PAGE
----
Jura Wine

Shop By

Jura Wine

We first visited siblings Valérie and Jean-Christophe Tissot at Domaine Jean-Louis Tissot in the hill village of Montigny-lès-Arsures above Arbois in the spring of 2016. We really must have been quite impressed because we took down pages of notes and placed our inaugural order 'sûr place'.

One of the appealing things about the Jura is that it is quite self-contained and outside influence is minimal. It isn't bristling with oenologues, marketeers and traditional techniques - grape varieties and food and wine pairings all find favour. A case in point is the local specialty 'Vin Jaune' that is made from pure Savagnin that must be aged for a minimum of 6 years and 3 months before filling traditional 62-centilitre squat 'Clavelin' bottles for which special EU dispensation had to be claimed. The style is intentionally oxidative as it is aged under a film of yeast (named 'flor') and the finished wine has - as the name suggests - a deep, yellow colour, distinctive, sherry-like aromas, stone-fruit characteristics, nutty nuances and incredible length and longevity. It is typically served at cellar temperature and is beloved by chefs for adding flavour to food (notably poultry). Pure Savagnin is also used to make very dry and persistent still, white wine that has powerful flor scents and dried fruit notes underscored by racy acidity that will support more than 10 years bottle age. It pairs well with air-dried ham and the local Comté cheese.

Red wines in this hill country are also made from relatively rare and distinctive grape varieties. Poulsard is pale with a cherry and red fruit bouquet, racy raspberry palate, gentle peppery notes and supple tannins and drinks well on its youthful fruit. Another local grape - Trousseau - yields a wine that is deeper and darker with hedgerow berry scents, a core of black fruit and more robust tannins. It ages well for 3 to 5 years and makes a good accompaniment to grilled red meat or mushroom dishes. Nor to be overlooked is a brilliant bottle-fermented, sparkling Crémant de Jura. It is made from pure Chardonnay that is aged for at least a year before being disgorged and has a lovely, lively mousse, ripe apple aromas and zesty, citrus-edged finish. It is perfect for celebrations and makes a fine foil for canapés.

Completing a diverse and extensive range is a heady, sweet Vin de Paille. It is made from a blend of Savagnin, Poulsard and Chardonnay that are air-dried on beds of straw over winter before being crushed and vinified. The wine is then aged in barrel for 3 years before being bottled in slim half-bottles. Redolent of dried fruit, honey and roast nuts, it has a dark tawny hue and makes a fine bonne bouche or partner to rich puddings.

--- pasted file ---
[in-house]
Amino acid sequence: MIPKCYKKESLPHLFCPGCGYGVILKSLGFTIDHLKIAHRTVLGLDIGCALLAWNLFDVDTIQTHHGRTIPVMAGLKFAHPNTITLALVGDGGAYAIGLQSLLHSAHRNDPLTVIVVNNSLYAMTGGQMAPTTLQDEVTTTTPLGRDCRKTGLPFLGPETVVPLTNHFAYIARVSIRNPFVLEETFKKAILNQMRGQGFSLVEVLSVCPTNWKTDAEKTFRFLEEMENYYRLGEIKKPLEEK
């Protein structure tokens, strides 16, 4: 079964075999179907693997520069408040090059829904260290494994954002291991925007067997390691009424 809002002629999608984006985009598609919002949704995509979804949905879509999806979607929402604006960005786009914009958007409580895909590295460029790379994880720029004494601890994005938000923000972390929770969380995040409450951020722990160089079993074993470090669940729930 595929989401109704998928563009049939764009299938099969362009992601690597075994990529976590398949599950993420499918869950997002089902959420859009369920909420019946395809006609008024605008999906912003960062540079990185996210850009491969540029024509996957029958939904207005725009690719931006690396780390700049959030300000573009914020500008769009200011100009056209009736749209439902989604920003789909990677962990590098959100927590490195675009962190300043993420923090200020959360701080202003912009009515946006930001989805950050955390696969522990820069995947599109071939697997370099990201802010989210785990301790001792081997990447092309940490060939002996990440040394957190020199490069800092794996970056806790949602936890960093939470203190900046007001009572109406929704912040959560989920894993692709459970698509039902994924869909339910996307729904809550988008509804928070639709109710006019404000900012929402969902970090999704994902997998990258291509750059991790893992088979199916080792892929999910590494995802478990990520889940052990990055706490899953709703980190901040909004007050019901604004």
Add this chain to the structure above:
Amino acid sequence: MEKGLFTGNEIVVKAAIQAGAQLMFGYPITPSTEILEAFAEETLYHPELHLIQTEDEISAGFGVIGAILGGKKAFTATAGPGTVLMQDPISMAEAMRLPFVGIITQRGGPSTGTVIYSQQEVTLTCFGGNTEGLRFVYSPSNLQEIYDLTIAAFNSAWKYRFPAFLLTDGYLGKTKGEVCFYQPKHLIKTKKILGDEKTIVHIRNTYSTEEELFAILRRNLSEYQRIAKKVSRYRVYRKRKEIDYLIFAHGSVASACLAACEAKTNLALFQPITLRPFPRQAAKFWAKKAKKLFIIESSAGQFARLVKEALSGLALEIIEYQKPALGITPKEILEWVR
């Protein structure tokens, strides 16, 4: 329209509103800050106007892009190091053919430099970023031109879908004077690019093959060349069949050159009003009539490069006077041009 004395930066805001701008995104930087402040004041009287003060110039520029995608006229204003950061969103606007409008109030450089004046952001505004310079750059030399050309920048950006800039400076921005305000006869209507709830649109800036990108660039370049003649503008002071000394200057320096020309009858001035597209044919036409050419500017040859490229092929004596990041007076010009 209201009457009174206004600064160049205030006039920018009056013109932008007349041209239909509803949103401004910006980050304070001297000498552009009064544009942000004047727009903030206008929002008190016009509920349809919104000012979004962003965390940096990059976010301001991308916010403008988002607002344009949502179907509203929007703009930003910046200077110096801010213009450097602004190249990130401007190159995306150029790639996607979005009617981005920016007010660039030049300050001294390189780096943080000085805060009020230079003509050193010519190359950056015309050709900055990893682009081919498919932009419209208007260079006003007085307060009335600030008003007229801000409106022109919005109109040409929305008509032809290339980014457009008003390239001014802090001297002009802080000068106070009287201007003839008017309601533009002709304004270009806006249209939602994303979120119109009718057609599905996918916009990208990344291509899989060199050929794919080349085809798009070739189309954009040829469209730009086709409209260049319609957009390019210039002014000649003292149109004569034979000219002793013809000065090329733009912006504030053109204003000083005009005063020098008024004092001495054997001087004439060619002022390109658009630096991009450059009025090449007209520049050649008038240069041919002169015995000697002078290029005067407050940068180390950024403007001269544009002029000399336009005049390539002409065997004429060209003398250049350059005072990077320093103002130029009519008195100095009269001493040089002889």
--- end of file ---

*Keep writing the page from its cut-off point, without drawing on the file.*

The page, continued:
View as Grid List
per page
  1. Jura Arbois: Trousseau Domaine Jean-Louis Tissot 2022
    Bottle
    £19.95
    Bottle (Case)
    £239.40
  2. Savoie: Domaine de l'Idylle 'Vieille Vigne' Blanc 2022
    Bottle
    £15.45
    Bottle (Case)
    £185.40
  3. Savoie: Domaine de L'Idylle 'Cuvée Emilie' Roussette 2022
    Bottle
    £20.45
    Bottle (Case)
    £245.40
  4. Savoie: Domaine de L'Idylle Cruet Alpine Jacquère 2022
    Bottle
    £14.95
    Bottle (Case)
    £179.40
  5. Jura Arbois: Savagnin Domaine Jean-Louis Tissot 2020
    Bottle
    £23.95
    Bottle (Case)
    £287.40
  6. Jura Arbois: Vin de Paille Domaine Jean-Louis Tissot 2014
    Half Bottle
    £32.25
    Half Bottle (Case)
    £774.00
  7. Savoie: Domaine de L'Idylle Mondeuse 'Le Tithonien' 2020
    Half Bottle
    £9.50
    Half Bottle (Case)
    £228.00
  8. Crémant du Jura: Domaine Jean-Louis Tissot
    Bottle
    £18.25
    Bottle (Case)
    £219.00
  9. Crémant de Savoie: Domaine de L'Idylle Brut
    Bottle
    £19.70
    Bottle (Case)
    £236.40
View as Grid List
per page

Jura Wine Region:

With just over 2,000 hectares under vine, running in a narrow strip from Arbois in the north to Saint-Amour in the south, the Jura represents something of a footnote in French viticulture, albeit a very important one. In this relatively remote, land-locked wilderness traditional grape varieties and techniques have survived yielding wines of great character and a strong sense of ‘terroir’ or taste pertaining to location.

Despite its relatively small size (equivalent to Sancerre) the Jura is home to 5 grape varieties, 6 AOCs and 200 estates of various sizes. There are four geographic AOCs – Arbois, L’Etoile, Côtes du Jura and Château-Chalon (exclusively Vin Jaune) - and two product AOCs – Crémant du Jura and Macvin du Jura (a blend of grape juice and spirit, like a Pineau).

As for the wines themselves, the traditional whites from the Savagnin grape are sherry-like (if the barrels are not top-upped), while the reds (Poulsard and Trousseau) are light in colour, fruity and elegant rather than rich. Fans of cru Beaujolais or lighter Pinot Noirs would appreciate them. Sparkling Crémant is also made - from Pinot Noir and Chardonnay, as well as tiny volumes of deliciously sweet Vin de Paille (from grapes that have dried in lofts over the winter).

As one might expect, the wines are at home with the dishes of the Jura – reds with Morteau sausages, whites with Comté cheese, none more so than Vin Jaune, aged for 6 years and 3 months before release and served in its unique 62cl bottle called a clavelin. The Jura is proud of its heritage (especially its most famous son, Louis Pasteur) and has heroically defended its wine culture – in 1973 its winemakers descended on Strasbourg armed with clavelins and 15kg Comté cheeses to see off the threat of the EU harmonising bottle sizes!